Have you heard of Christopher McCandless? Or the film and book Into The Wild?
McCandless is the main subject of the story, his life and death explored by author Jon Jon Krakauer. It’s an exploration of the human desire to shake off the perceived chain of materialist society, burn your cash and live a life emerged in the wilderness. McCandless tramped around North America for two years before surviving in the Alaskan wild for about four months, alone. It’s believed a previously unknown toxic seed took his life while living off the land in Alaska.
McCandless’ story is not simply a story of losing oneself to the wilds, and not just an attempt to “find oneself”, but it is a hopeful journey about following the magnetic pull of your life, right into the depths of the wildest interior of land and self. Krakauer talks of McCandless wanting to “test himself… in ways that mattered”, being “drawn west past the edge of the known world, by nothing more than a hunger of the spirit”. McCandless read the likes of Jack London and Tolstoy on his journey, aiming to live his life according to “truth” above all else, in harmony with nature, new horizons and himself.
How indulgent and life-affirming to literally walk into the sunset every evening, rise with the sun in the morning and move each day only in the direction of your latest mood or survival need.
Do you ever wish for this? In some ways, I wish to do this. Yet I now know that the pull of sharing life with others is too great for me to wander all alone.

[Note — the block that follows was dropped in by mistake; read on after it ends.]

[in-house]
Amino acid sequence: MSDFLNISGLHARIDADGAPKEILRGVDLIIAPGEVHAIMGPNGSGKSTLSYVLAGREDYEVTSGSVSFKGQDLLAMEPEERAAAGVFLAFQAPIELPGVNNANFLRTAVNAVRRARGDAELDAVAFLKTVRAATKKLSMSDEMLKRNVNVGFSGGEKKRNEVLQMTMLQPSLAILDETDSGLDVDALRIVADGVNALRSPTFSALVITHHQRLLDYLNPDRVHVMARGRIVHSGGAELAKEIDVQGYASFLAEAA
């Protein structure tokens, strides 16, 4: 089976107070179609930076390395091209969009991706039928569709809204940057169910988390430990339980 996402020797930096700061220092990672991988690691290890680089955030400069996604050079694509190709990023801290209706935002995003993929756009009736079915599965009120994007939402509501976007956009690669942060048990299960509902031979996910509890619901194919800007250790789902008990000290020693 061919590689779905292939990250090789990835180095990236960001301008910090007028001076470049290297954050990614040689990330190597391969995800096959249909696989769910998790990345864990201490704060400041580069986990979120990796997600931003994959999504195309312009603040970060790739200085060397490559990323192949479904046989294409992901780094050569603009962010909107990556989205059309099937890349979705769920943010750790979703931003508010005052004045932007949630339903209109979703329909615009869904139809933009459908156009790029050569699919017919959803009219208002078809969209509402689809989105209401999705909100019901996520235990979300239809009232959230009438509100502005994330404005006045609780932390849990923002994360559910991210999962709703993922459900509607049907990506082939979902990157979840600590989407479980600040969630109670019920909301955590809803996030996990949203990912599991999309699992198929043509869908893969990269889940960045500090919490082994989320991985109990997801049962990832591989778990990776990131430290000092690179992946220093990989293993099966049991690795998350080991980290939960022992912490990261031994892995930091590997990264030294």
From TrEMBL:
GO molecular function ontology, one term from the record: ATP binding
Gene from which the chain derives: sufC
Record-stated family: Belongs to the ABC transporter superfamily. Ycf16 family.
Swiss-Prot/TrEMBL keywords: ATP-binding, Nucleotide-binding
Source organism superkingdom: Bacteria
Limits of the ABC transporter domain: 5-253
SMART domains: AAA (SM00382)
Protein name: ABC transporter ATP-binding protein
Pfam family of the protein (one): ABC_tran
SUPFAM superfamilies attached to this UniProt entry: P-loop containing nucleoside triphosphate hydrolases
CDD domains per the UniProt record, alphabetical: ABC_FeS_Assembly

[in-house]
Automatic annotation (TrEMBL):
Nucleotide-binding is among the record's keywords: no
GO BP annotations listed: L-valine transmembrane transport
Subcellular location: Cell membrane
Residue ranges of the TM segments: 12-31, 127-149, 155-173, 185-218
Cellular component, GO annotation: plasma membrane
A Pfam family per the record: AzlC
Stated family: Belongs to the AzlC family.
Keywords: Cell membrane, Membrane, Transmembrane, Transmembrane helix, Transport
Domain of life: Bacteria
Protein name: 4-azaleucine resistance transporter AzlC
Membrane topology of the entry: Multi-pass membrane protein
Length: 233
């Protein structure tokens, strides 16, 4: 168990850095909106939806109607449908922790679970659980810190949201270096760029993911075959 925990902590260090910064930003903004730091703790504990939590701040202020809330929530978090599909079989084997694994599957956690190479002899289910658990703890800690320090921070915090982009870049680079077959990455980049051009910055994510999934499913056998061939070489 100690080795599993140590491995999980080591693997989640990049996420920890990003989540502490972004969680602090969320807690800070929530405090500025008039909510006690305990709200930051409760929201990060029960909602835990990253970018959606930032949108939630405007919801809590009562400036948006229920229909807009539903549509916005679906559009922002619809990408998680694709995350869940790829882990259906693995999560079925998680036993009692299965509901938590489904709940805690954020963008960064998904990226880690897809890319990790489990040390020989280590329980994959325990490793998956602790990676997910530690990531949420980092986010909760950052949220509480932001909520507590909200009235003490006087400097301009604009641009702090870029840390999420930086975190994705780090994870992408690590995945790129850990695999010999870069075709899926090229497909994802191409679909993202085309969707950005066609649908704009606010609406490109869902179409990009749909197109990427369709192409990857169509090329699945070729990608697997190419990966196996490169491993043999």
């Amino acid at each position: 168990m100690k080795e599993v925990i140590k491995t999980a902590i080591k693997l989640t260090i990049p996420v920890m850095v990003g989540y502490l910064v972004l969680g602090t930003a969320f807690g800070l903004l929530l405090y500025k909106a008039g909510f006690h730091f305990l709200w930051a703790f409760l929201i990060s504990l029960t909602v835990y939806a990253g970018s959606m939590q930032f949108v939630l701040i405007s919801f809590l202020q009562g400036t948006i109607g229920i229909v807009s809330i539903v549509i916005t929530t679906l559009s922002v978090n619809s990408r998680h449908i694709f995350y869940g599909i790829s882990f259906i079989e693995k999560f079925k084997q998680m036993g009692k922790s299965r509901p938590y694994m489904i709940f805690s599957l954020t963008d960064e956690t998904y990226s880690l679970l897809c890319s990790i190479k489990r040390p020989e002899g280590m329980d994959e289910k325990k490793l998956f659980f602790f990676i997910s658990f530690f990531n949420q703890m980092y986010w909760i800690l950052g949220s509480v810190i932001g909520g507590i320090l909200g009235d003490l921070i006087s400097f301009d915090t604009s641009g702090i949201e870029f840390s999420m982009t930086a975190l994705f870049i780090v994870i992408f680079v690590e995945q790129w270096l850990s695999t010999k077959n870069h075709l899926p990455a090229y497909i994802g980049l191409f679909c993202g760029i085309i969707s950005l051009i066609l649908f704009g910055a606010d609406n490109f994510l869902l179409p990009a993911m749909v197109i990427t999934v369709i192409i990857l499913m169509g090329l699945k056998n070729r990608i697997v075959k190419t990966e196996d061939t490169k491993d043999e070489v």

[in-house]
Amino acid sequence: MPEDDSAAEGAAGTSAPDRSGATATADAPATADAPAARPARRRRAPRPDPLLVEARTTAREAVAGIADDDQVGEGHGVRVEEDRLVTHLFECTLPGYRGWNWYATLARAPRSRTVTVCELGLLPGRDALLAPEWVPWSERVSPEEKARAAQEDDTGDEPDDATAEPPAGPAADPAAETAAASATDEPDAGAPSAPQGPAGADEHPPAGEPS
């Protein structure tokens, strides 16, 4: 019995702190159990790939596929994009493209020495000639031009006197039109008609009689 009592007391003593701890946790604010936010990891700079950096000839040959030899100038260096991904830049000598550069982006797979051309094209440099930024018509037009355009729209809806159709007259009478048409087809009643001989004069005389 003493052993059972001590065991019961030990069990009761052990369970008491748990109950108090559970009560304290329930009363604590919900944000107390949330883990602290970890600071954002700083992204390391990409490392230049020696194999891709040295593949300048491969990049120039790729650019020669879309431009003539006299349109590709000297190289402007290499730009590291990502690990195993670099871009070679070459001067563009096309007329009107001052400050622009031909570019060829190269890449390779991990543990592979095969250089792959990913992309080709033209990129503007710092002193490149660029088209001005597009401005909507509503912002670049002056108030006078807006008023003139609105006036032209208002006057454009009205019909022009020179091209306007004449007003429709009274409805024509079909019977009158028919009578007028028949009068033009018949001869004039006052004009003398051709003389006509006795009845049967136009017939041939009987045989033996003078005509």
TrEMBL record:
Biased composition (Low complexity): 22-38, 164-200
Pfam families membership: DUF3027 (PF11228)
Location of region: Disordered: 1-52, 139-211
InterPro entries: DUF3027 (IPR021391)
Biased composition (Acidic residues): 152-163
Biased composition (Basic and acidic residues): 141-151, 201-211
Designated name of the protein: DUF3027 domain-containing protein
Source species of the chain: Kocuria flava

Over the past month I have been given the chance to explore this reality in a mini version. I did not burn my cash or travel light that’s for sure, and European hotels are unfathomably far from McCandless’ walk across North America. Yet I tried for about six weeks to live without definite direction or desire other than to explore new spaces and follow my mood and survival needs.
I moved through the struggle of my need to constantly have a plan, and at times was overcome with the ever fortunate yet debilitating condition of option anxiety. By the end I understood some of the conclusions that McCandless had come to, primarily being: nature is supreme; survival is not always easy; the spark of new beginnings is unbeatable; and the warmth of close relationships is crucial to our well-being. It’s this last point about relationships which has been on my mind a lot lately.
McCandless made one attempt to walk back to civilisation before he was poisoned, but his path out of the wild was cut off by an impassable river. On returning to his camp to wait it out he wrote about the experience of loneliness, and his desire to re-enter the world, return to his family and friends, to re-connect. “Happiness only real when shared”, he wrote. This was in direct opposition to his previous experiences of profound peace while alone in nature.
McCandless was experiencing the freedom-intimacy dilemma acutely.
It has lead me to many questions. Whether your “freedom” is travel or some other personal desire, it seems these are questions we could all relate to.
How can we explore this world without limit, while maintaining our connections to our closest kin?
How to allow your feet to walk freely, while strengthening our tightest bonds?
The self-indulgent answer is take all your people with you, to be pulled magnetically in the direction of your desires with your loved ones by your side. If only we all wanted to go to the same places at the same time!
Thanks to all the people who have joined me on this journey so far, moments with you were by far the most life-affirming.
Let’s go into the wild side by side whenever we can 🙂
“There are no events but thoughts and the heart’s hard turning, the heart’s slow learning where to love and whom. The rest is merely gossip, and tales for other times” – Annie Dillard, Holy The Firm.